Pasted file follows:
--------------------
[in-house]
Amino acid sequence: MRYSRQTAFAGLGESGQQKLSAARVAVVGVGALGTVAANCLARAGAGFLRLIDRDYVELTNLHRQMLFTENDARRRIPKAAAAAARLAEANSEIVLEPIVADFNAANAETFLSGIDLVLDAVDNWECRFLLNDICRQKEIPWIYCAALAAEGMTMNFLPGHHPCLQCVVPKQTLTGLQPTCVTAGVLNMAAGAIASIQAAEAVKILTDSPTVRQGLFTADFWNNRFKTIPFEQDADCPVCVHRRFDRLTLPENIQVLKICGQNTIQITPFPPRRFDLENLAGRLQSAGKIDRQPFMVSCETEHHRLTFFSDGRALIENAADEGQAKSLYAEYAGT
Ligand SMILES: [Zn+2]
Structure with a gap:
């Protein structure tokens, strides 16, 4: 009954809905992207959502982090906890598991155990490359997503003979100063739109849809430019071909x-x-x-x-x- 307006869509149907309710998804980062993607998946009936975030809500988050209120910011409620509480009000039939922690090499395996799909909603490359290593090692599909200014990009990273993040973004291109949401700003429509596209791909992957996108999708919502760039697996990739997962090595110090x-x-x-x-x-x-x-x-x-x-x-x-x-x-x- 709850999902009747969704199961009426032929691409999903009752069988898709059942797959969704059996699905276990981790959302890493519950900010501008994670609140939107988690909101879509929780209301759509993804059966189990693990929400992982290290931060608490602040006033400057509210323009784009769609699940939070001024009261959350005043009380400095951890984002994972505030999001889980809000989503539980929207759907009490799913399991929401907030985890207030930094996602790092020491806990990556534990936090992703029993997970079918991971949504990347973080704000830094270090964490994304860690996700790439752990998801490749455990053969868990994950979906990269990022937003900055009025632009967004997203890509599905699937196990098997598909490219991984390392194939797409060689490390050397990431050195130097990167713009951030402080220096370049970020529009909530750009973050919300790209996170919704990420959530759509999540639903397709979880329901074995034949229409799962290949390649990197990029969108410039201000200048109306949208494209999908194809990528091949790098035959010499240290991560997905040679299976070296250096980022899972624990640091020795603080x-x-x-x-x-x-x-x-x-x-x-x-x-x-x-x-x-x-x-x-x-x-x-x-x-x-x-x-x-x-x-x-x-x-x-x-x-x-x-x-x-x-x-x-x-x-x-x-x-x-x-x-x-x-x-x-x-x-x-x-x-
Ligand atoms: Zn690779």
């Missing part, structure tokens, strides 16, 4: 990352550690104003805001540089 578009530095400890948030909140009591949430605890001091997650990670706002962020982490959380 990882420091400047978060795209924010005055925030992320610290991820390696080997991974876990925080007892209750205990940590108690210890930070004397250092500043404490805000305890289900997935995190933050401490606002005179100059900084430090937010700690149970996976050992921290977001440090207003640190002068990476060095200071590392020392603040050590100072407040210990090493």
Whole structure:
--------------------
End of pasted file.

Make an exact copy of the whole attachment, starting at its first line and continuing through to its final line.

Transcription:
[in-house]
Amino acid sequence: MRYSRQTAFAGLGESGQQKLSAARVAVVGVGALGTVAANCLARAGAGFLRLIDRDYVELTNLHRQMLFTENDARRRIPKAAAAAARLAEANSEIVLEPIVADFNAANAETFLSGIDLVLDAVDNWECRFLLNDICRQKEIPWIYCAALAAEGMTMNFLPGHHPCLQCVVPKQTLTGLQPTCVTAGVLNMAAGAIASIQAAEAVKILTDSPTVRQGLFTADFWNNRFKTIPFEQDADCPVCVHRRFDRLTLPENIQVLKICGQNTIQITPFPPRRFDLENLAGRLQSAGKIDRQPFMVSCETEHHRLTFFSDGRALIENAADEGQAKSLYAEYAGT
Ligand SMILES: [Zn+2]
Structure with a gap:
């Protein structure tokens, strides 16, 4: 009954809905992207959502982090906890598991155990490359997503003979100063739109849809430019071909x-x-x-x-x- 307006869509149907309710998804980062993607998946009936975030809500988050209120910011409620509480009000039939922690090499395996799909909603490359290593090692599909200014990009990273993040973004291109949401700003429509596209791909992957996108999708919502760039697996990739997962090595110090x-x-x-x-x-x-x-x-x-x-x-x-x-x-x- 709850999902009747969704199961009426032929691409999903009752069988898709059942797959969704059996699905276990981790959302890493519950900010501008994670609140939107988690909101879509929780209301759509993804059966189990693990929400992982290290931060608490602040006033400057509210323009784009769609699940939070001024009261959350005043009380400095951890984002994972505030999001889980809000989503539980929207759907009490799913399991929401907030985890207030930094996602790092020491806990990556534990936090992703029993997970079918991971949504990347973080704000830094270090964490994304860690996700790439752990998801490749455990053969868990994950979906990269990022937003900055009025632009967004997203890509599905699937196990098997598909490219991984390392194939797409060689490390050397990431050195130097990167713009951030402080220096370049970020529009909530750009973050919300790209996170919704990420959530759509999540639903397709979880329901074995034949229409799962290949390649990197990029969108410039201000200048109306949208494209999908194809990528091949790098035959010499240290991560997905040679299976070296250096980022899972624990640091020795603080x-x-x-x-x-x-x-x-x-x-x-x-x-x-x-x-x-x-x-x-x-x-x-x-x-x-x-x-x-x-x-x-x-x-x-x-x-x-x-x-x-x-x-x-x-x-x-x-x-x-x-x-x-x-x-x-x-x-x-x-x-
Ligand atoms: Zn690779």
């Missing part, structure tokens, strides 16, 4: 990352550690104003805001540089 578009530095400890948030909140009591949430605890001091997650990670706002962020982490959380 990882420091400047978060795209924010005055925030992320610290991820390696080997991974876990925080007892209750205990940590108690210890930070004397250092500043404490805000305890289900997935995190933050401490606002005179100059900084430090937010700690149970996976050992921290977001440090207003640190002068990476060095200071590392020392603040050590100072407040210990090493």
Whole structure: